I did a PathPilot width and length measure using the Haimer and found the centre of the plate and set this as G54.  My Fusion drawing and CAM were referenced to centre. I was now ready to go.

First operation was to spot the matrix of holes and the second op was to drill them out to 4.1mm.   Third op was to countersink the holes to 3mm depth.  This was a bit interactive.   I just worked on one hole only to start with and did repeated cuts using a BS3 countersink until the depth was correct.   I then did a ‘chose similar size’ selection in Fusion CAM and then ran the full op.

This now left machining of the profile of the plate to the size of the fire box floor dimensions as per the CAM and my dummy PLA plate.

rosebud grate first operations
First Ops on the Grate, spot drilling and then hole drilling. Note the clamps on the outside of the plate area.

Clearly the clamps were now a problem as the end areas were excess material on the length.  To get round this I removed the drilled plate from the MDF (the MDF had already started to degrade and swell with the cutting fluid) and mounted a new piece of MDF on the tooling plate with M8 fixings.  As you will see below I went a bit OTT with these …. there is even a hidden countersink one under the plate to stop the MDF bowing upwards …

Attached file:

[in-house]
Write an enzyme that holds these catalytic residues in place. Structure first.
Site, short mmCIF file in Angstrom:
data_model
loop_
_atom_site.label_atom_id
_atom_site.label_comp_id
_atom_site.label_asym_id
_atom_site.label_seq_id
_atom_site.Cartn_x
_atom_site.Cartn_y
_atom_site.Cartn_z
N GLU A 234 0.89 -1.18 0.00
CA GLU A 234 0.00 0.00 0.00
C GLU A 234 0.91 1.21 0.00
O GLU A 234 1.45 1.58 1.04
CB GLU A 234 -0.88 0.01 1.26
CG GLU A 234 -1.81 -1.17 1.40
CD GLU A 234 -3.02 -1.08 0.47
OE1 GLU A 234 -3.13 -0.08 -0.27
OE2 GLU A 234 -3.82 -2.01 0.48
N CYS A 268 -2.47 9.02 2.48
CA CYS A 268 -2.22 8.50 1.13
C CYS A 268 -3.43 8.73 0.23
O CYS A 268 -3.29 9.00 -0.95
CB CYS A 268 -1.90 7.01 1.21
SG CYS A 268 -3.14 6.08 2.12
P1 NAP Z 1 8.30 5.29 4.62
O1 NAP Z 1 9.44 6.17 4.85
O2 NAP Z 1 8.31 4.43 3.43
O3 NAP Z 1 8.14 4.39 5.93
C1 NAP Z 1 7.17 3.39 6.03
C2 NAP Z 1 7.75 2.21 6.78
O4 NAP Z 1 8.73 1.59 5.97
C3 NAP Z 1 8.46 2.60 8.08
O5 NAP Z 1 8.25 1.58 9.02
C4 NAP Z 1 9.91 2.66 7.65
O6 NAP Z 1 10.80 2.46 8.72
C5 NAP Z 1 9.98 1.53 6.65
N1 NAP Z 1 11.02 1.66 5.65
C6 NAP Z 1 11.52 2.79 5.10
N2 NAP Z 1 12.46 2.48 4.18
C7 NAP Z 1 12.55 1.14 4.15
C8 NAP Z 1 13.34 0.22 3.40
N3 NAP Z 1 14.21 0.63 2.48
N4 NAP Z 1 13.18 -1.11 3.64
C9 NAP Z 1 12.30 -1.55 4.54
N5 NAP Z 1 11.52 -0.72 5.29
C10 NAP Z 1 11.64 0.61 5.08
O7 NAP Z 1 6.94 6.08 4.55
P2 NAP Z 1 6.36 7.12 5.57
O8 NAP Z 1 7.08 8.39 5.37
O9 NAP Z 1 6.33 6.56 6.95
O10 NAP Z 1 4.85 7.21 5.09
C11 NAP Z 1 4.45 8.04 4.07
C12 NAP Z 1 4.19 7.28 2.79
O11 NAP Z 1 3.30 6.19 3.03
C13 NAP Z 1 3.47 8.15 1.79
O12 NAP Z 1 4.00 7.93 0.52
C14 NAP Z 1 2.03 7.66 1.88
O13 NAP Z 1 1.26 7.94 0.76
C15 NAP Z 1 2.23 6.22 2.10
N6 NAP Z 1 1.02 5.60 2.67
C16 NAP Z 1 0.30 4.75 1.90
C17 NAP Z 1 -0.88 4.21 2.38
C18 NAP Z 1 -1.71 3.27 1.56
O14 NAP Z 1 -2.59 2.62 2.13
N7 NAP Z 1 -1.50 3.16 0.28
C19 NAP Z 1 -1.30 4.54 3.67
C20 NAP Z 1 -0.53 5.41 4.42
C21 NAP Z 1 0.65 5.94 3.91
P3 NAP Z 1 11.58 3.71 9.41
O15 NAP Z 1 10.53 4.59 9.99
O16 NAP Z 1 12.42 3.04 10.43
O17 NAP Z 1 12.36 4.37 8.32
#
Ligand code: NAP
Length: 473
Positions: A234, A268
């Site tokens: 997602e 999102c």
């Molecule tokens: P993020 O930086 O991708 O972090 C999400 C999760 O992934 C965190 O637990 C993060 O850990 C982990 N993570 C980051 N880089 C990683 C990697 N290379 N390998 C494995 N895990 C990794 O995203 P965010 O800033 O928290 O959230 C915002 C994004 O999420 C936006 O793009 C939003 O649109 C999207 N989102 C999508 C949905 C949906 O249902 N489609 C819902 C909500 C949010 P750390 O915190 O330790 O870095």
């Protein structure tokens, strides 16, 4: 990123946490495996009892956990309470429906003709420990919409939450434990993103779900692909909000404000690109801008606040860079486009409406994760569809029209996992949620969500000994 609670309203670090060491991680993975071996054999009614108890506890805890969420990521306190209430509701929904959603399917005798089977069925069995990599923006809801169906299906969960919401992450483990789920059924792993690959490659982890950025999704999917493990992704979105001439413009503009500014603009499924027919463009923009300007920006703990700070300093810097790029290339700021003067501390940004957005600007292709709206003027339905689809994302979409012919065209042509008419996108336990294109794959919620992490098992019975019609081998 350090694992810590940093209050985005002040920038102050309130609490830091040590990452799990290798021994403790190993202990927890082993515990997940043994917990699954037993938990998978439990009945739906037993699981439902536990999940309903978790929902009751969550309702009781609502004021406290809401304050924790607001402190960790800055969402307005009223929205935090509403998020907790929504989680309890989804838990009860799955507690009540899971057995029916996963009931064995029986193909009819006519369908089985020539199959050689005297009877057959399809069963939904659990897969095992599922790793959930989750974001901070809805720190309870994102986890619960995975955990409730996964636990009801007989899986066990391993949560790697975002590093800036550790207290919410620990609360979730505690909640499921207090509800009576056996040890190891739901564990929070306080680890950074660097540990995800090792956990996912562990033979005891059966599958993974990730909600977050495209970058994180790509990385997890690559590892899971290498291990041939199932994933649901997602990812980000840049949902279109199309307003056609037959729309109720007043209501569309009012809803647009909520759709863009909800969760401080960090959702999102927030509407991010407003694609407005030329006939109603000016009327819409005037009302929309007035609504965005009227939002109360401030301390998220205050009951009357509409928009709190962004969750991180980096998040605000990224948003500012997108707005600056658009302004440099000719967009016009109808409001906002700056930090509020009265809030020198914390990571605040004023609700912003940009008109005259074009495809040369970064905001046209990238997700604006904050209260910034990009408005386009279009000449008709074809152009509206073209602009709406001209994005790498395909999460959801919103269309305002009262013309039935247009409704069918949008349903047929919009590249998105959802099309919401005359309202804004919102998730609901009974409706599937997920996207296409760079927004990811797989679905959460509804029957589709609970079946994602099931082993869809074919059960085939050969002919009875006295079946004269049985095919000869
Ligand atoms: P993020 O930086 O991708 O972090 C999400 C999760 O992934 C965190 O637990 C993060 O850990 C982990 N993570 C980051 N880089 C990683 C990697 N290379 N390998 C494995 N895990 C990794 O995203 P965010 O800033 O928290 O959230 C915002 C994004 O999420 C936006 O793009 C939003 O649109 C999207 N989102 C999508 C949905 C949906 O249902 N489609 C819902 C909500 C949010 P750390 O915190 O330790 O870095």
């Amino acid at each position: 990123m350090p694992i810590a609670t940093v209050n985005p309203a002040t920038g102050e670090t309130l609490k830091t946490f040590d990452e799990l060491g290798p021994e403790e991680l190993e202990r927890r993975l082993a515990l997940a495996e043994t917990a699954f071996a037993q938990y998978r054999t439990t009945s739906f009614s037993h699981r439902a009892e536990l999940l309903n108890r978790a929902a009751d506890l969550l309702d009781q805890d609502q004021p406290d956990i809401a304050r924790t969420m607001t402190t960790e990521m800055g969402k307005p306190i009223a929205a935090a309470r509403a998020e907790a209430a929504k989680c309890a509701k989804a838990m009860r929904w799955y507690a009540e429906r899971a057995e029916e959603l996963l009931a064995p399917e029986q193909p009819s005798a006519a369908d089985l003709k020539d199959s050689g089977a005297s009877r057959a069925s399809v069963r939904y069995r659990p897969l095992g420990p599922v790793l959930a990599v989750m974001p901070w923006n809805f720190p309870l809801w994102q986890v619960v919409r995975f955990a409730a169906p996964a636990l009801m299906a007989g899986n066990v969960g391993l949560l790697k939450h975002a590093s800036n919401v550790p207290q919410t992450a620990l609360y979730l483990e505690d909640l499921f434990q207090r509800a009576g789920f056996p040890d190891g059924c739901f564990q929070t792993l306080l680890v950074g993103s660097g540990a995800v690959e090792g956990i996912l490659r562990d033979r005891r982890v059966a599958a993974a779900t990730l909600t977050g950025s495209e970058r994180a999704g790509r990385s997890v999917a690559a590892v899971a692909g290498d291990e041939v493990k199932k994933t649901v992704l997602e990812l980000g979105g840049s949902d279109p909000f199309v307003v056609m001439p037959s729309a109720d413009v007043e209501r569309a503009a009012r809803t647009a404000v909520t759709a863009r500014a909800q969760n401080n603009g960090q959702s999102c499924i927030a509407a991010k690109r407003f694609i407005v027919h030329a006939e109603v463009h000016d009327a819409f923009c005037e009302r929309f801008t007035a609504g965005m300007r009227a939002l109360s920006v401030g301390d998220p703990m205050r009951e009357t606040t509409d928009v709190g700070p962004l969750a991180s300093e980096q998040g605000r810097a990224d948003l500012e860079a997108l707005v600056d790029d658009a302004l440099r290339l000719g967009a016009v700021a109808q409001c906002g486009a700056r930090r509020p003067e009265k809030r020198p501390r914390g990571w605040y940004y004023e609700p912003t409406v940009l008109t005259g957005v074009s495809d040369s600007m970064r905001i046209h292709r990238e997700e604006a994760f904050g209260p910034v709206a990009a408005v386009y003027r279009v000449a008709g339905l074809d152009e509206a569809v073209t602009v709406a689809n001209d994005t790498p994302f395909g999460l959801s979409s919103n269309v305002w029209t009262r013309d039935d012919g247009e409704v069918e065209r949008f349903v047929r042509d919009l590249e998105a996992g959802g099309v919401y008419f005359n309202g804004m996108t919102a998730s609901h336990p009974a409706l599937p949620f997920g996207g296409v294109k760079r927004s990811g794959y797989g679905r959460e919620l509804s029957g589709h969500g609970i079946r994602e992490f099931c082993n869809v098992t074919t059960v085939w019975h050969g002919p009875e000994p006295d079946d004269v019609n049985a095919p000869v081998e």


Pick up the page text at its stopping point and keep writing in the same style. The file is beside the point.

I remounted the grate on the new MDF with a single woodscrew in one of the grate holes and checked and adjusted the angle of the plate so the good edge was running true in X as before.  I then added a ‘sprinkling’ of more wood screws so the plate was firmly in position and running true.   I then re-referenced G54 to the centre of the grate as before.

Plate remounted on a new MDF backing plate and held in place with randomly placed wood screws using the grate hole matrix.

Now I hate making swarf (chips) of material if it is not necessary … so having got the plate securely in place on the MDF I then took it off again and cut off the excess material on each end of the length.   Sad really but you never know when you might need a couple of small pieces of steel …

The grate could now be mounted back on the MDF with the plethora of screws positioning it back as before.  I did re-check with the Haimer and also rechecked the Z height once again.

The CAM adaptive profiling was with an 8mm cutter.  Obviously I was cutting air at each end of the grate where the stock was now missing but not a problem.

Profiling almost complete. The MDF is starting to degrade and swell.

I could have used a super glue and masking tape holding method but the black mild steel does not have a smooth surface like BMS and I was doubtful how well it would hold.   With hindsight the method I adopted did give me some flexibility in the process method.

The final process on the Myford Super 7 was to make four posts to sit the grate at the correct height spacing above the ash pan to match the old bar grate position.  These posts were fixed onto the grate by sacrificing four of the holes.  This of course reduces the hole count and therefore the hole area percentage occupancy from 15.17% to 14.62% – but not worth worrying about.